If Postcard could claim to be the Sound of Young Scotland then those who came to prominence through Zoo Records are entitled to claim the same crown for Young Liverpool. This particular single could easily have been written and recorded by Wylie, Cope or The Wild Swans and it would have been equally majestic. Will Sargeant teased a ridiculous amount of stunning sounds from his guitar over these damn near perfect four minutes.

Interesting that I used the word ‘perfect’ on each occasion.

Match 6

The Jam v The Jesus & Mary Chain

Two more sides who are capable, on their day, of fielding a song which would defeat any opponent. This is a very tasty tie to savour but it is worth remembering that the home side are completely reliant on album tracks as the ICA deliberately precluded any singles or b-sides as they had all just been featured in a long-running series.

Here’s the facts thus far.

Happy Together saw a 34-10 result against T.Rex
Billy Hunt delivered a 37-6 thumping to The Detroit Cobras
Thick As Thieves brought a 35-6 win over Daft Punk.

The results demonstrate that The Jam have been in glorious free-scoring form, but there’s something of a case that the sides thay have faced have been of lower-division standard.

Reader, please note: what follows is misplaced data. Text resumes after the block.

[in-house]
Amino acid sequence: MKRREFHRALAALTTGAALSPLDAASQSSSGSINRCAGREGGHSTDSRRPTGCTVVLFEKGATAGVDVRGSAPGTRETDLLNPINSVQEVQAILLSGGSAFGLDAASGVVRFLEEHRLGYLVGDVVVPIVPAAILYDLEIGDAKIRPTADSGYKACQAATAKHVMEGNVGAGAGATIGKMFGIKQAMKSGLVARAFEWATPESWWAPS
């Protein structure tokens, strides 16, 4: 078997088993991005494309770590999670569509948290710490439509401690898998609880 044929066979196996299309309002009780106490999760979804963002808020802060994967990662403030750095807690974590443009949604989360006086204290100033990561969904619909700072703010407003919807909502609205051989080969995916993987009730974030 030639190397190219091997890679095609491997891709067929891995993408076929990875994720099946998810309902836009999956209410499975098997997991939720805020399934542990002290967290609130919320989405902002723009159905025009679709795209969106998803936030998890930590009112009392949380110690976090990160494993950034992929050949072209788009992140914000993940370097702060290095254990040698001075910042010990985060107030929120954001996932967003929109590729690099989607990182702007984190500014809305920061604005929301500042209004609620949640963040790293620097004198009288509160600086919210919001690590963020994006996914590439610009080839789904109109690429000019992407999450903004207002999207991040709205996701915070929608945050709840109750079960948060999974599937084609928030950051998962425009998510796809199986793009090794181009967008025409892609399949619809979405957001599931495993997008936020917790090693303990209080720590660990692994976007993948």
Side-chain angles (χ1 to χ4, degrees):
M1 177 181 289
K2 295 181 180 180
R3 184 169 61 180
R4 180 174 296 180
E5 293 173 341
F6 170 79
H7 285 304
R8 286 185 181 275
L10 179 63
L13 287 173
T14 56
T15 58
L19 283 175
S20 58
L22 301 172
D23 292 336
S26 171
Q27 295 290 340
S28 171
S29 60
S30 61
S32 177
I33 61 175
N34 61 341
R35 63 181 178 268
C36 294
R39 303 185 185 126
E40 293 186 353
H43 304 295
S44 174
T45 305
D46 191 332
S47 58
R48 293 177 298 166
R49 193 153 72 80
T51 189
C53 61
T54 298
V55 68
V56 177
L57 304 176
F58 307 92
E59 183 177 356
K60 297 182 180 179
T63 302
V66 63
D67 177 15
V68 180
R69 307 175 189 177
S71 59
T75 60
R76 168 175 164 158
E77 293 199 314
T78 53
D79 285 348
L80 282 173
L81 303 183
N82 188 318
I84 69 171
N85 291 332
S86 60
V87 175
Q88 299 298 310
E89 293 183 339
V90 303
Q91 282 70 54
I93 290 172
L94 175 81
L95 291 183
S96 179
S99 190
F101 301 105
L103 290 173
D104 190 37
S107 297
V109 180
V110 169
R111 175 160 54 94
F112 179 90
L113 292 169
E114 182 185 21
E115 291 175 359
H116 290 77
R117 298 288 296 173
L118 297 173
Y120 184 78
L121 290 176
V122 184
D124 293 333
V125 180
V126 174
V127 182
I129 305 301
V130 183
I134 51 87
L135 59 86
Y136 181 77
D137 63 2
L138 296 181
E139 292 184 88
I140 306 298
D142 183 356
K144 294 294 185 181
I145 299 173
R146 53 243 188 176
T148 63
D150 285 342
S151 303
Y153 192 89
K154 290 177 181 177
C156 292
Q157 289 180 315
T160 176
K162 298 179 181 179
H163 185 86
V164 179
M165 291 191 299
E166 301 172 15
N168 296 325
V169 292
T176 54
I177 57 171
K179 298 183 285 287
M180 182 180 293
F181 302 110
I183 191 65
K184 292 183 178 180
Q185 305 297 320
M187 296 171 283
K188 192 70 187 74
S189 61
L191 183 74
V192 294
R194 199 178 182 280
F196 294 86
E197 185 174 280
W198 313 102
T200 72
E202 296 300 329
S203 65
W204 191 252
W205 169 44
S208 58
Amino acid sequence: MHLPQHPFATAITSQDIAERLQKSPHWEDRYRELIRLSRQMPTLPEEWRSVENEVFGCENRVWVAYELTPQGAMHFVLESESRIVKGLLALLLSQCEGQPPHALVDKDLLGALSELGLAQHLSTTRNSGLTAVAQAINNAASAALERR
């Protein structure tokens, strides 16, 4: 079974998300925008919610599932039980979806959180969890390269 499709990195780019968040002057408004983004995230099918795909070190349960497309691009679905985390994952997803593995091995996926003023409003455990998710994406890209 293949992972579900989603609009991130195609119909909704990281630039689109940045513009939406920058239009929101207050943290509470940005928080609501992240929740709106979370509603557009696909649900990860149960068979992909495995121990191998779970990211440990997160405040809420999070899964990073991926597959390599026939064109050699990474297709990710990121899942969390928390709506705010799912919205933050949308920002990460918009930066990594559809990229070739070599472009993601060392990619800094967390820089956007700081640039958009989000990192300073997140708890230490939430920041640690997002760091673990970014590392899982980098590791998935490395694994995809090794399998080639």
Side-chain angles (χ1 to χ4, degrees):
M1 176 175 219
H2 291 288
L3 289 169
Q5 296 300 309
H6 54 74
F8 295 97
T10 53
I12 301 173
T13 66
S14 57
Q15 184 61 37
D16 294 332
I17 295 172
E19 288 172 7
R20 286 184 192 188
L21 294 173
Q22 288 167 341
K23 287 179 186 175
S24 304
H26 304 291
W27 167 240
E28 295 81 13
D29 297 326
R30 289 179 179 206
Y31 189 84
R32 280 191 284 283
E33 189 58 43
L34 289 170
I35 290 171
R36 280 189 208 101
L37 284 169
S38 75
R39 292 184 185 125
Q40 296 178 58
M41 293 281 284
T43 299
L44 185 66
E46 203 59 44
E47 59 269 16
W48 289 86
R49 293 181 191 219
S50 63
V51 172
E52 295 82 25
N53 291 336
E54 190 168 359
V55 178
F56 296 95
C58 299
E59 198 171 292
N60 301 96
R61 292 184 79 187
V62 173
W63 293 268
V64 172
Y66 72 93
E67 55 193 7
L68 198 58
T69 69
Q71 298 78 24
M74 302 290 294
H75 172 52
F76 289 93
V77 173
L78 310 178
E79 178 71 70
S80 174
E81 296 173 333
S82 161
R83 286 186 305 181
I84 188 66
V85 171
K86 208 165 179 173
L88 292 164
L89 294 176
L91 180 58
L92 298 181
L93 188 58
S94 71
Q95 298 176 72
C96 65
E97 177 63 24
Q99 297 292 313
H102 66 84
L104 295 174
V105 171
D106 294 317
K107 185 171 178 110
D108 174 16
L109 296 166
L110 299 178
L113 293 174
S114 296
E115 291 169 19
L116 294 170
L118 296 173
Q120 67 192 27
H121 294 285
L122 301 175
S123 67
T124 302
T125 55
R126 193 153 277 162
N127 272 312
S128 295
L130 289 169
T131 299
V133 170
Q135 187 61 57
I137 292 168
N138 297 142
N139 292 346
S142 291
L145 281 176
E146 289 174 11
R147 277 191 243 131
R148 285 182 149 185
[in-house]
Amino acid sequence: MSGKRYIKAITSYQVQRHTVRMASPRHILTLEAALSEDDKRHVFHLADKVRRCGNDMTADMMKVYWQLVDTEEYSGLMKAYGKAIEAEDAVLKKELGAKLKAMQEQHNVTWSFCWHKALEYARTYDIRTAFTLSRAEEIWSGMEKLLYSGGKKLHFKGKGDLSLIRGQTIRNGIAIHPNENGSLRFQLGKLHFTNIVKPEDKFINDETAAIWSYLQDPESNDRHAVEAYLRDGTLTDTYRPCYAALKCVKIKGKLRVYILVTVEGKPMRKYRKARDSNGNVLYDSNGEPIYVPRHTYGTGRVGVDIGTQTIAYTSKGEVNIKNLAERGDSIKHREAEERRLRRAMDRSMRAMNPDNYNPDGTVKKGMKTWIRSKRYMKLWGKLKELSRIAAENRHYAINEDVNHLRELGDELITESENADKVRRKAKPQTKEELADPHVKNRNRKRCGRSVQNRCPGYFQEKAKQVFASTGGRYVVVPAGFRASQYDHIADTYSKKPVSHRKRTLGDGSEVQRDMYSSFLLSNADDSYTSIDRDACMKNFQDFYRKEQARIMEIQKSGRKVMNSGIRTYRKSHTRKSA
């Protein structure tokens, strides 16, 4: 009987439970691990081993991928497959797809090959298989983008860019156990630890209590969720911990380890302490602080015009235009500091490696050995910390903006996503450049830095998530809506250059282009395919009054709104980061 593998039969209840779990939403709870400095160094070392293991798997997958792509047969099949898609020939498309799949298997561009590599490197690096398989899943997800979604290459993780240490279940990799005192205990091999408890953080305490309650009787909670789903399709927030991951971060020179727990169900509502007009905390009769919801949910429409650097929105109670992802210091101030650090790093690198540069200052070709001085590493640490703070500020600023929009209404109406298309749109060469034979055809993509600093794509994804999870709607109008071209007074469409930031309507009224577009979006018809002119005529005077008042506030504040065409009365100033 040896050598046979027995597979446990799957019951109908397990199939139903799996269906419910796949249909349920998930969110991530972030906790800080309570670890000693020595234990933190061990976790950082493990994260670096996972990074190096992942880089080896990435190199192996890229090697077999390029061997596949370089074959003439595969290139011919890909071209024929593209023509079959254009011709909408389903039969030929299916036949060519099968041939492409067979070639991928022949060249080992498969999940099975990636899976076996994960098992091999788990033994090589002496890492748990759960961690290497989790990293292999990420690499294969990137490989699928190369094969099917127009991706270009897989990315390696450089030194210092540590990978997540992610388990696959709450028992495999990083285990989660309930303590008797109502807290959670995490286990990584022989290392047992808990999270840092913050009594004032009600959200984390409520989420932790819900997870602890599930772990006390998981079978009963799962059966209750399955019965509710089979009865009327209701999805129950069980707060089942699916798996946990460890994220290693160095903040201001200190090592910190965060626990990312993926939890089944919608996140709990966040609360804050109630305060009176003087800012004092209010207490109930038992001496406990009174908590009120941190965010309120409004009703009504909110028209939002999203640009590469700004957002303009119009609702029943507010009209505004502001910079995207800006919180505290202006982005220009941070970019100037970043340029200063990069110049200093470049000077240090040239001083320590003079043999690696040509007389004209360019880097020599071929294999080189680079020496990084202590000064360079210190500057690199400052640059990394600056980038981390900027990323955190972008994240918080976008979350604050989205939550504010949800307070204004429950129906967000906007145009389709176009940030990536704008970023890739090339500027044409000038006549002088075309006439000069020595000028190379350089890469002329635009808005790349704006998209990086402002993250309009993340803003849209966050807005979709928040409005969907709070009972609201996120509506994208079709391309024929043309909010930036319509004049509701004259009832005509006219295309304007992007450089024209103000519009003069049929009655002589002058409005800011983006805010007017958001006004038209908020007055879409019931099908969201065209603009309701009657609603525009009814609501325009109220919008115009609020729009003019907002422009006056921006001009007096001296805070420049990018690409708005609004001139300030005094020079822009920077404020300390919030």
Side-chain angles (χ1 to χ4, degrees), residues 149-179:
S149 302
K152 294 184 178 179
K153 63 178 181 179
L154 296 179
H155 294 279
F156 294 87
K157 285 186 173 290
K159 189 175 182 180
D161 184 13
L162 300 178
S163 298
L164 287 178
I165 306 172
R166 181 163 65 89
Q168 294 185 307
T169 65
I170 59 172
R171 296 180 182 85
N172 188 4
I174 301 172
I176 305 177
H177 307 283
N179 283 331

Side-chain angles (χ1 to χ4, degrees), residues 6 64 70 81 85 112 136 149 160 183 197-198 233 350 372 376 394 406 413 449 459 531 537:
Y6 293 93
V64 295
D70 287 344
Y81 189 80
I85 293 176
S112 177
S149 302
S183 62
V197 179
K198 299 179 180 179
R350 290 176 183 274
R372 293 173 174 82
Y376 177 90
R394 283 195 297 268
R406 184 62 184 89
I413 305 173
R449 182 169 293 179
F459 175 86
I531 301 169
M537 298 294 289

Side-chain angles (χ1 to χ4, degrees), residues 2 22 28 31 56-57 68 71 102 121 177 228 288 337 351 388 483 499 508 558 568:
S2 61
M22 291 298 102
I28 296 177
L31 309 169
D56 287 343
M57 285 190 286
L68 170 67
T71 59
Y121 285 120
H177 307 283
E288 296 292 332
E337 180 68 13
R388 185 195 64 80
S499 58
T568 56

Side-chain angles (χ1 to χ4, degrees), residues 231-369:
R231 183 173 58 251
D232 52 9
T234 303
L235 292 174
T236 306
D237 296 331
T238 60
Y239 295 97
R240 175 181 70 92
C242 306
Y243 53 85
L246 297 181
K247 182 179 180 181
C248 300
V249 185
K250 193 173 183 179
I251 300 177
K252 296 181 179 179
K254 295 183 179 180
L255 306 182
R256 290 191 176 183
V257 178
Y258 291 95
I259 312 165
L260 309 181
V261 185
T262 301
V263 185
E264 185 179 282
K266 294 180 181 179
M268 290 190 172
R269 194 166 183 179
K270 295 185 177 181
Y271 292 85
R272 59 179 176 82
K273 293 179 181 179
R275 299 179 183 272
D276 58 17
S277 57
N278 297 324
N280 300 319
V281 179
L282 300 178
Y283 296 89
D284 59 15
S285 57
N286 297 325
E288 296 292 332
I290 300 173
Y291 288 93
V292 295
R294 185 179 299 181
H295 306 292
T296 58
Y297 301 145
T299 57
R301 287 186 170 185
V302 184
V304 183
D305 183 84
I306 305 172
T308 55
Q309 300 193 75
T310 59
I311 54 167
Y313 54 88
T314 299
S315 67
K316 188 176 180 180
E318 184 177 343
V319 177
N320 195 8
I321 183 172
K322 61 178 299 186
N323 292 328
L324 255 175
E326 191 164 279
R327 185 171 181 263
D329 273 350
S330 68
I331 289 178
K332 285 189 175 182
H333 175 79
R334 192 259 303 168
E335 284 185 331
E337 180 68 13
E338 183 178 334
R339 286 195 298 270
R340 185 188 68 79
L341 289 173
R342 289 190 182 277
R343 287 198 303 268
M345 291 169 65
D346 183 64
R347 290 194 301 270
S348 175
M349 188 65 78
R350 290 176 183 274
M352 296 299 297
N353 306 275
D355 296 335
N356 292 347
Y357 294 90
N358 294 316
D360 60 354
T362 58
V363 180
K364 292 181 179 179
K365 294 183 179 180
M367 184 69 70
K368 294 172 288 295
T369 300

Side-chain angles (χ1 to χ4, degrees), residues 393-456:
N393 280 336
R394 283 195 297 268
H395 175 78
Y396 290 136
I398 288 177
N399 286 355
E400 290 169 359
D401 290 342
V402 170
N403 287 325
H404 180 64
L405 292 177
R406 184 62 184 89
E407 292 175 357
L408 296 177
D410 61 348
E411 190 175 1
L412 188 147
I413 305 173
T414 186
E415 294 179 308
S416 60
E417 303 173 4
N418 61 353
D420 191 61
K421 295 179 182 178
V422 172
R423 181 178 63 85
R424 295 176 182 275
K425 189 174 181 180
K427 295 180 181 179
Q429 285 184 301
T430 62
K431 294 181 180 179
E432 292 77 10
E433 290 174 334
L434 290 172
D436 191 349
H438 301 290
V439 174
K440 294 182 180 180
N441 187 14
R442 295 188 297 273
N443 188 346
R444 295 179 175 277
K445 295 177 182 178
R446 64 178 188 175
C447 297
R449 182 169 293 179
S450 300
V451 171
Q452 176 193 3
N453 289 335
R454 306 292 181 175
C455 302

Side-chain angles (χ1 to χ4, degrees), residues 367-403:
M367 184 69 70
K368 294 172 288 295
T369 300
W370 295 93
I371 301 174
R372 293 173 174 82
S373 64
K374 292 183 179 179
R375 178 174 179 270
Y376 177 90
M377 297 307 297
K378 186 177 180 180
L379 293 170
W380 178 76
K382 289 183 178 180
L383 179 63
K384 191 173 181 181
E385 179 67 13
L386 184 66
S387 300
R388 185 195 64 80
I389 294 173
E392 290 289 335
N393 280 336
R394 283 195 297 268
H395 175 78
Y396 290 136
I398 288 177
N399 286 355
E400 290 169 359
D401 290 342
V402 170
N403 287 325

Turning to their opponents….

Reverence resulted in a 33-11 triumph over The Wondermints
Boyfriend’s Dead was far too good for Rod Stewart, with a 30-6 outcome.
Never Understand proved more than enough for a 25-16 win over The The

The first two games showed they were just as free scoring, but again there’s an argument to be had about the quality of their opponents.  They showed no mercy last time out, winning much easier than some had imagined when the draw came out.

Saturday’s Kids (from Setting Sons, 1979) v Guitarman (from Speed of Sound, 1994)

I wrote ICA #52 for the home side:-

A paean to growing up in a working-class household.

At 16, I had no idea what the line ‘stains on the seats – in the back of course’ was all about. Nor did I know who smoked Capstan Non-Filters (Embassy Regal? yup….that was my dad’s choice of habit) and for Selsey Bill and Bracklesam Bay you would have had to substitute places a little nearer home or insert Blackpool which around half of Glasgow seemed to migrate to in the last two weeks in July back in the mid-70s. Otherwise it was a song that resonated with me and even now I can recite every single word of the lyric. But I do accept that, with its descriptions of things that aren’t part of modern society then it’s a lyric very much of its time and so probably won’t resonate much with today’s kids….except perhaps the bit about hating the system. Some things just never change.

It was SWC who put together ICA #94 with the most wonderfully funny pre-amble (you should click on it the link over on the right hand side and remind yourself of it):-